German submarine U-585

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History
Nazi Germany
Name: U-585
Ordered: 8 January 1940
Builder: Blohm & Voss, Hamburg
Yard number: 561
Laid down: 1 October 1940
Launched: 9 July 1941
Commissioned: 28 August 1941
Fate: Sunk March 1942 by a German mine[1]
General characteristics
Class and type: Type VIIC submarine
Displacement:
  • 769 tonnes (757 long tons) surfaced
  • 871 t (857 long tons) submerged
Length:
Beam:
  • 6.20 m (20 ft 4 in) o/a
  • 4.70 m (15 ft 5 in) pressure hull
Height: 9.60 m (31 ft 6 in)
Draught: 4.74 m (15 ft 7 in)
Installed power:
  • 2,800–3,200 PS (2,100–2,400 kW; 2,800–3,200 bhp) (diesels)
  • 750 PS (550 kW; 740 shp) (electric)
Propulsion:
Speed:
  • 17.7 knots (32.8 km/h; 20.4 mph) surfaced
  • 7.6 knots (14.1 km/h; 8.7 mph) submerged
Range:
  • 8,500 nmi (15,700 km; 9,800 mi) at 10 knots (19 km/h; 12 mph) surfaced
  • 80 nmi (150 km; 92 mi) at 4 knots (7.4 km/h; 4.6 mph) submerged
Test depth:
  • 230 m (750 ft)
  • Crush depth: 250–295 m (820–968 ft)
Complement: 4 officers, 40–56 enlisted
Armament:
Service record[2]
Part of:
  • 6th U-boat Flotilla
  • 28 August – 1 December 1941
  • 6th U-boat Flotilla
  • 1 December 1941 – 30 March 1942
Commanders:
  • Kptlt. Ernst-Bernward Lohse
  • 28 August 1941 – 30 March 1942
Operations:
  • 1st patrol: 15–21 January 1942
  • 2nd patrol: 25 January – 21 February 1942
  • 3rd patrol: 15–25 March 1942
  • 4th patrol: 28–30 March 1942
Victories: None

German submarine U-585 was a Type VIIC U-boat of Nazi Germany's Kriegsmarine during World War II.

She carried out four patrols, but sank no ships. She was a member of one wolfpack.

The boat was sunk by a drifting German mine in the Barents Sea in March 1942.

Design[edit]

German Type VIIC submarines were preceded by the shorter Type VIIB submarines. U-585 had a displacement of 769 tonnes (757 long tons) when at the surface and 871 tonnes (857 long tons) while submerged.[3] She had a total length of 67.10 m (220 ft 2 in), a pressure hull length of 50.50 m (165 ft 8 in), a beam of 6.20 m (20 ft 4 in), a height of 9.60 m (31 ft 6 in), and a draught of 4.74 m (15 ft 7 in). The submarine was powered by two Germaniawerft F46 four-stroke, six-cylinder supercharged diesel engines producing a total of 2,800 to 3,200 metric horsepower (2,060 to 2,350 kW; 2,760 to 3,160 shp) for use while surfaced, two Brown, Boveri & Cie GG UB 720/8 double-acting electric motors producing a total of 750 metric horsepower (550 kW; 740 shp) for use while submerged. She had two shafts and two 1.23 m (4 ft) propellers. The boat was capable of operating at depths of up to 230 metres (750 ft).[3]

The submarine had a maximum surface speed of 17.7 knots (32.8 km/h; 20.4 mph) and a maximum submerged speed of 7.6 knots (14.1 km/h; 8.7 mph).[3] When submerged, the boat could operate for 80 nautical miles (150 km; 92 mi) at 4 knots (7.4 km/h; 4.6 mph); when surfaced, she could travel 8,500 nautical miles (15,700 km; 9,800 mi) at 10 knots (19 km/h; 12 mph). U-585 was fitted with five 53.3 cm (21 in) torpedo tubes (four fitted at the bow and one at the stern), fourteen torpedoes, one 8.8 cm (3.46 in) SK C/35 naval gun, 220 rounds, and an anti-aircraft gun. The boat had a complement of between forty-four and sixty.[3]

Service history[edit]

The submarine was laid down on 1 October 1940 at Blohm & Voss, Hamburg as yard number 561, launched on 9 July 1941 and commissioned on 28 August under the command of Kapitänleutnant Ernst-Bernward Lohse.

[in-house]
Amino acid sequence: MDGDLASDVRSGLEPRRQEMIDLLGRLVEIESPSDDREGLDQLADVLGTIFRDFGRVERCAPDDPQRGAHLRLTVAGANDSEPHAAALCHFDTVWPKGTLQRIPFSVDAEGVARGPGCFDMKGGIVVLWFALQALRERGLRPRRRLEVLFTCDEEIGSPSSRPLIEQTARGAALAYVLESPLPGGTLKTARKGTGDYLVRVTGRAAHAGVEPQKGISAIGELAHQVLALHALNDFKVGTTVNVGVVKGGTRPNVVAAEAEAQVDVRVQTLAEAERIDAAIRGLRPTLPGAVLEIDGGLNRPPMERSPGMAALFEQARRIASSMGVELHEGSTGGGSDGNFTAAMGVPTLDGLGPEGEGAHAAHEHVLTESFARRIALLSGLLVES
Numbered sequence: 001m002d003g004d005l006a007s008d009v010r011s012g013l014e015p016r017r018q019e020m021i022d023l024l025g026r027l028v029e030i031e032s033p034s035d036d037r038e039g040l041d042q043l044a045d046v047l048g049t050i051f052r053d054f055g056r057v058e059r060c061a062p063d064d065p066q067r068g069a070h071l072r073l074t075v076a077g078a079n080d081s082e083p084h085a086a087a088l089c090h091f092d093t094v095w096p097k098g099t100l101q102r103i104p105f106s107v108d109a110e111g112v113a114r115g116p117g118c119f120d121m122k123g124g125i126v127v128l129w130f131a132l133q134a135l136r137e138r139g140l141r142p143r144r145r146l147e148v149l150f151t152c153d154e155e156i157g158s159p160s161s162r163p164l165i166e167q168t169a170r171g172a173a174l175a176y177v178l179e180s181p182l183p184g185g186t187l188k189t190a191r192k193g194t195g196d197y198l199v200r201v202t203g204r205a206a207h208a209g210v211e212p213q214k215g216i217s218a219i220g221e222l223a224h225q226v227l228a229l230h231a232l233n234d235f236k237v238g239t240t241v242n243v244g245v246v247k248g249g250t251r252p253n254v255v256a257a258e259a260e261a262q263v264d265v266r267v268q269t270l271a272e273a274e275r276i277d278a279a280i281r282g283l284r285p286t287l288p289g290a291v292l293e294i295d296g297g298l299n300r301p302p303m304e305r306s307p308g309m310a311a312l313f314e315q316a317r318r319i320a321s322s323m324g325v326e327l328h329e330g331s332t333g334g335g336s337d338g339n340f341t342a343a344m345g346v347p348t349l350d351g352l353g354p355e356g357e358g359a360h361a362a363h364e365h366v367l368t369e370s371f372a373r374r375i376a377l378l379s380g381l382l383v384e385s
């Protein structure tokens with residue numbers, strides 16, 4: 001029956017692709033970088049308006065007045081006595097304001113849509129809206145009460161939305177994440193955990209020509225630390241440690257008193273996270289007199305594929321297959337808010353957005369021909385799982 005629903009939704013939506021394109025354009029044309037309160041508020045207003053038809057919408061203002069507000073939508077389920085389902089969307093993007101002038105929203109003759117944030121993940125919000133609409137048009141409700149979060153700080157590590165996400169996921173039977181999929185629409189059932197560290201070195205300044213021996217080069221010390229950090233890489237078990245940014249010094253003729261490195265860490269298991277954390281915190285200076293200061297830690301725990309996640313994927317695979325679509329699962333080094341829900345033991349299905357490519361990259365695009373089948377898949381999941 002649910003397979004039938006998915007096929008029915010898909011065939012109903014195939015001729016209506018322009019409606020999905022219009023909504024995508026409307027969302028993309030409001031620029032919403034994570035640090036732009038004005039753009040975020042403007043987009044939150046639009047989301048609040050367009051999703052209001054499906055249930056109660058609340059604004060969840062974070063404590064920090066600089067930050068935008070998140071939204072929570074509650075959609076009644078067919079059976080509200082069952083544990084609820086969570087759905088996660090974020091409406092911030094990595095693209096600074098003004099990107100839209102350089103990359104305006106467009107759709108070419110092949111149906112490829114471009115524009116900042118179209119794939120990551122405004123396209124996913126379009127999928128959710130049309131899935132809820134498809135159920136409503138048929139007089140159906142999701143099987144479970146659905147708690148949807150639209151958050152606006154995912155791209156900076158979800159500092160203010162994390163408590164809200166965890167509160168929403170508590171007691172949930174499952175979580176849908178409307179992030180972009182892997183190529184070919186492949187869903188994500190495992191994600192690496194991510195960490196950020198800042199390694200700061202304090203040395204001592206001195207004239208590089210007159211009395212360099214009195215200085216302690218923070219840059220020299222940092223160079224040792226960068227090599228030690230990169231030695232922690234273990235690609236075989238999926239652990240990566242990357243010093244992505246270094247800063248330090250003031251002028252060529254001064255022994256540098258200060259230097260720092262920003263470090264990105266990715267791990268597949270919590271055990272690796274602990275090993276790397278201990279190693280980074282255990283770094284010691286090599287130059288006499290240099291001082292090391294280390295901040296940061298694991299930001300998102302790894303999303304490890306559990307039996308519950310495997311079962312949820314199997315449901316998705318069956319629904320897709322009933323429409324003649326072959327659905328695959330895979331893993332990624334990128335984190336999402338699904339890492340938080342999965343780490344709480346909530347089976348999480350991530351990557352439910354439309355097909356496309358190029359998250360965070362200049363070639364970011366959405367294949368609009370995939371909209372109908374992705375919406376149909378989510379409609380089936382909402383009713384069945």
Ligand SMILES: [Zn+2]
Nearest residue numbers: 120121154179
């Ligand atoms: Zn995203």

She served with the 6th U-boat Flotilla from 28 August 1941 for training and stayed with that organization for operations until her loss, from 1 December 1941 to 30 March 1942.

1st patrol[edit]

U-585's first patrol was preceded by a trip to Trondheim then Neidenfjord [west northwest of Murmansk], both in Norway over Christmas and New Years Eve 1941-42. The patrol itself started in Neidenfjord on 15 January 1942 and finished in Kirkenes on the 21st.

2nd patrol[edit]

Her second foray was notable for the loss overboard of Fahnrich zur See [midshipman][4] Eberhard Vollmer on 5 February 1942 in the southern Barents Sea.

3rd patrol[edit]

The boat was attacked with depth charges by three enemy ships northeast of Kirkenes on 24 March 1942. The damage to the forward torpedo tubes was serious enough to require the submarine to return to her base.

4th patrol and loss[edit]

While in Varanfjord, the Soviet submarine M-171 fired both of her torpedoes at an unknown, but outbound U-boat. This can only have been U-585, although she did not report any attack.

She was sunk on 30 March 1942 by a German mine that had drifted from the 'Bantos-A' barrage.

Forty-four men died with U-585; there were no survivors.

Previously recorded fate[edit]

U-585 was sunk on 29 March 1942 by the British destroyer HMS Fury. It was later ascertained that this attack was against U-378 and caused no damage.

The boat was also claimed to be sunk by the Soviet destroyer Gremyashiy on 30 March 1942. This attack was against U-435 and was also inconclusive.

References[edit]

  1. ^ Kemp 1997, p. 80.
  2. ^ Helgason, Guðmundur. "The Type VIIC boat U-585". German U-boats of WWII - uboat.net. Retrieved 11 October 2012. 
  3. ^ a b c d Gröner 1991, pp. 43-46.
  4. ^ Paterson, Lawrence - U-Boats in the Mediterranean 1941-1944, 2007, Chatham Publishing, ISBN 9781861762900, p. 5

Bibliography[edit]

  • Busch, Rainer; Röll, Hans-Joachim (1999). Deutsche U-Boot-Verluste von September 1939 bis Mai 1945. Der U-Boot-Krieg (in German) IV (Hamburg, Berlin, Bonn: Mittler). ISBN 3-8132-0514-2. 
  • Gröner, Erich; Jung, Dieter; Maass, Martin (1991). U-boats and Mine Warfare Vessels. German Warships 1815–1945 2. Translated by Thomas, Keith; Magowan, Rachel (London: Conway Maritime Press). ISBN 0-85177-593-4. 
  • Kemp, Paul (1997). U-Boats Destroyed - German Submarine Losses in the World Wars. Arms & Armour. ISBN 1-85409-515-3. 

External links[edit]